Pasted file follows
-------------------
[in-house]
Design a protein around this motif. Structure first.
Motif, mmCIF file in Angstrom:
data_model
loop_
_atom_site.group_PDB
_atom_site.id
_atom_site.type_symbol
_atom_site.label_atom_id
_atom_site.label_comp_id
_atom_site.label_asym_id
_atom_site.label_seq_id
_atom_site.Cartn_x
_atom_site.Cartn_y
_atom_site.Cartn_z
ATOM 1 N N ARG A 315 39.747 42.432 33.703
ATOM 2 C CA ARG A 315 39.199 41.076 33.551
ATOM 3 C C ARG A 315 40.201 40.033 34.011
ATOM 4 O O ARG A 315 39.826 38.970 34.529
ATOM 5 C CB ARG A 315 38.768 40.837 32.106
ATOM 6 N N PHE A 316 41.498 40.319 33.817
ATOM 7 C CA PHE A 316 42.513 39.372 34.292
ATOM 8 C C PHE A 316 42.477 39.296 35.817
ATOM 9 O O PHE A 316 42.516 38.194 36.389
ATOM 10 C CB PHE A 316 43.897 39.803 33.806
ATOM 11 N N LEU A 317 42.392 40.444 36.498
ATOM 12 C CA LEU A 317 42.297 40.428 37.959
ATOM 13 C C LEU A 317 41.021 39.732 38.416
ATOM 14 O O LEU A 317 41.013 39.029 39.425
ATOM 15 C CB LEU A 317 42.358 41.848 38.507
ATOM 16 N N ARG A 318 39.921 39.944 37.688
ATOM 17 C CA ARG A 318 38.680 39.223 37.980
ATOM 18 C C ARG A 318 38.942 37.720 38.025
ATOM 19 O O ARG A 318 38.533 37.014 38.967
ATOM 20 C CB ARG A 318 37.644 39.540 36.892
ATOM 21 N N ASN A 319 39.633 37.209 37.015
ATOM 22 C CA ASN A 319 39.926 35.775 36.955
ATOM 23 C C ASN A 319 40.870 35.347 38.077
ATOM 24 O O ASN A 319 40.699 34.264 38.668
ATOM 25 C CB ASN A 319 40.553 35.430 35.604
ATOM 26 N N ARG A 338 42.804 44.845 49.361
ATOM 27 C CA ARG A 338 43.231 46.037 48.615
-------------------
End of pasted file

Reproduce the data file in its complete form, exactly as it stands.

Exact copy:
[in-house]
Design a protein around this motif. Structure first.
Motif, mmCIF file in Angstrom:
data_model
loop_
_atom_site.group_PDB
_atom_site.id
_atom_site.type_symbol
_atom_site.label_atom_id
_atom_site.label_comp_id
_atom_site.label_asym_id
_atom_site.label_seq_id
_atom_site.Cartn_x
_atom_site.Cartn_y
_atom_site.Cartn_z
ATOM 1 N N ARG A 315 39.747 42.432 33.703
ATOM 2 C CA ARG A 315 39.199 41.076 33.551
ATOM 3 C C ARG A 315 40.201 40.033 34.011
ATOM 4 O O ARG A 315 39.826 38.970 34.529
ATOM 5 C CB ARG A 315 38.768 40.837 32.106
ATOM 6 N N PHE A 316 41.498 40.319 33.817
ATOM 7 C CA PHE A 316 42.513 39.372 34.292
ATOM 8 C C PHE A 316 42.477 39.296 35.817
ATOM 9 O O PHE A 316 42.516 38.194 36.389
ATOM 10 C CB PHE A 316 43.897 39.803 33.806
ATOM 11 N N LEU A 317 42.392 40.444 36.498
ATOM 12 C CA LEU A 317 42.297 40.428 37.959
ATOM 13 C C LEU A 317 41.021 39.732 38.416
ATOM 14 O O LEU A 317 41.013 39.029 39.425
ATOM 15 C CB LEU A 317 42.358 41.848 38.507
ATOM 16 N N ARG A 318 39.921 39.944 37.688
ATOM 17 C CA ARG A 318 38.680 39.223 37.980
ATOM 18 C C ARG A 318 38.942 37.720 38.025
ATOM 19 O O ARG A 318 38.533 37.014 38.967
ATOM 20 C CB ARG A 318 37.644 39.540 36.892
ATOM 21 N N ASN A 319 39.633 37.209 37.015
ATOM 22 C CA ASN A 319 39.926 35.775 36.955
ATOM 23 C C ASN A 319 40.870 35.347 38.077
ATOM 24 O O ASN A 319 40.699 34.264 38.668
ATOM 25 C CB ASN A 319 40.553 35.430 35.604
ATOM 26 N N ARG A 338 42.804 44.845 49.361
ATOM 27 C CA ARG A 338 43.231 46.037 48.615